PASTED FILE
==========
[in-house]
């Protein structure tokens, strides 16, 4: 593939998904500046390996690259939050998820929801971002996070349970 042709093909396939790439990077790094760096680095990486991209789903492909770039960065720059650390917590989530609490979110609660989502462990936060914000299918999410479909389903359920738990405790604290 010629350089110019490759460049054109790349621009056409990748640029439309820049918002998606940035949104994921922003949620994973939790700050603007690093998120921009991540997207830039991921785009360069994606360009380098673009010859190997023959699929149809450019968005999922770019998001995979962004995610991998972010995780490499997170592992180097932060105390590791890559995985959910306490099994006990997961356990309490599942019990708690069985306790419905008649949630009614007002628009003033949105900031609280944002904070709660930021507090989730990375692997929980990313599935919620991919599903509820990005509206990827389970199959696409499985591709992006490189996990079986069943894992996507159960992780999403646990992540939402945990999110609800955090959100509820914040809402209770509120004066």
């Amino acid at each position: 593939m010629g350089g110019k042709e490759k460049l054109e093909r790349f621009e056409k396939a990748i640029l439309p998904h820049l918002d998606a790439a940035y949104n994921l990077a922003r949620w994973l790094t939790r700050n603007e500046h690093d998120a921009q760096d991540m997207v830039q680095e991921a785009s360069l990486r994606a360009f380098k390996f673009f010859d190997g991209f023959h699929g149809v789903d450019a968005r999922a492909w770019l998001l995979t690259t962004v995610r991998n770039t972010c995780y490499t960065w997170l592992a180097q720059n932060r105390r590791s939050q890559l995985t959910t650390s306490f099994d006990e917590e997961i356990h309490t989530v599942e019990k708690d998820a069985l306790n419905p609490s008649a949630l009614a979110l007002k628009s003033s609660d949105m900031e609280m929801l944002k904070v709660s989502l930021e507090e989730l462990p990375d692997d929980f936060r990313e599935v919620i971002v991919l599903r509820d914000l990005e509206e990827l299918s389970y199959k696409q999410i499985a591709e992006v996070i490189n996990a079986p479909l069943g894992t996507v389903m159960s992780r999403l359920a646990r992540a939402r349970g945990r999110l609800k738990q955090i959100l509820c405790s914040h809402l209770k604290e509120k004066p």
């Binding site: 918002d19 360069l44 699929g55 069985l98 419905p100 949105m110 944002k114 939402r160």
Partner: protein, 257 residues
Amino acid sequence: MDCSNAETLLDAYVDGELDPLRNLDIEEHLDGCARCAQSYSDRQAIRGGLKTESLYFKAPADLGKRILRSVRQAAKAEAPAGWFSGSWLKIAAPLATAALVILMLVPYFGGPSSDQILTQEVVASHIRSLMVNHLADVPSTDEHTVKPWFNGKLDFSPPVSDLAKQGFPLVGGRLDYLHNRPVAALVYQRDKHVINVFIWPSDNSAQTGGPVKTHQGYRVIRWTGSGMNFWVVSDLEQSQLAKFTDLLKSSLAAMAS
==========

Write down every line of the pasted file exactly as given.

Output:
[in-house]
């Protein structure tokens, strides 16, 4: 593939998904500046390996690259939050998820929801971002996070349970 042709093909396939790439990077790094760096680095990486991209789903492909770039960065720059650390917590989530609490979110609660989502462990936060914000299918999410479909389903359920738990405790604290 010629350089110019490759460049054109790349621009056409990748640029439309820049918002998606940035949104994921922003949620994973939790700050603007690093998120921009991540997207830039991921785009360069994606360009380098673009010859190997023959699929149809450019968005999922770019998001995979962004995610991998972010995780490499997170592992180097932060105390590791890559995985959910306490099994006990997961356990309490599942019990708690069985306790419905008649949630009614007002628009003033949105900031609280944002904070709660930021507090989730990375692997929980990313599935919620991919599903509820990005509206990827389970199959696409499985591709992006490189996990079986069943894992996507159960992780999403646990992540939402945990999110609800955090959100509820914040809402209770509120004066």
């Amino acid at each position: 593939m010629g350089g110019k042709e490759k460049l054109e093909r790349f621009e056409k396939a990748i640029l439309p998904h820049l918002d998606a790439a940035y949104n994921l990077a922003r949620w994973l790094t939790r700050n603007e500046h690093d998120a921009q760096d991540m997207v830039q680095e991921a785009s360069l990486r994606a360009f380098k390996f673009f010859d190997g991209f023959h699929g149809v789903d450019a968005r999922a492909w770019l998001l995979t690259t962004v995610r991998n770039t972010c995780y490499t960065w997170l592992a180097q720059n932060r105390r590791s939050q890559l995985t959910t650390s306490f099994d006990e917590e997961i356990h309490t989530v599942e019990k708690d998820a069985l306790n419905p609490s008649a949630l009614a979110l007002k628009s003033s609660d949105m900031e609280m929801l944002k904070v709660s989502l930021e507090e989730l462990p990375d692997d929980f936060r990313e599935v919620i971002v991919l599903r509820d914000l990005e509206e990827l299918s389970y199959k696409q999410i499985a591709e992006v996070i490189n996990a079986p479909l069943g894992t996507v389903m159960s992780r999403l359920a646990r992540a939402r349970g945990r999110l609800k738990q955090i959100l509820c405790s914040h809402l209770k604290e509120k004066p």
């Binding site: 918002d19 360069l44 699929g55 069985l98 419905p100 949105m110 944002k114 939402r160």
Partner: protein, 257 residues
Amino acid sequence: MDCSNAETLLDAYVDGELDPLRNLDIEEHLDGCARCAQSYSDRQAIRGGLKTESLYFKAPADLGKRILRSVRQAAKAEAPAGWFSGSWLKIAAPLATAALVILMLVPYFGGPSSDQILTQEVVASHIRSLMVNHLADVPSTDEHTVKPWFNGKLDFSPPVSDLAKQGFPLVGGRLDYLHNRPVAALVYQRDKHVINVFIWPSDNSAQTGGPVKTHQGYRVIRWTGSGMNFWVVSDLEQSQLAKFTDLLKSSLAAMAS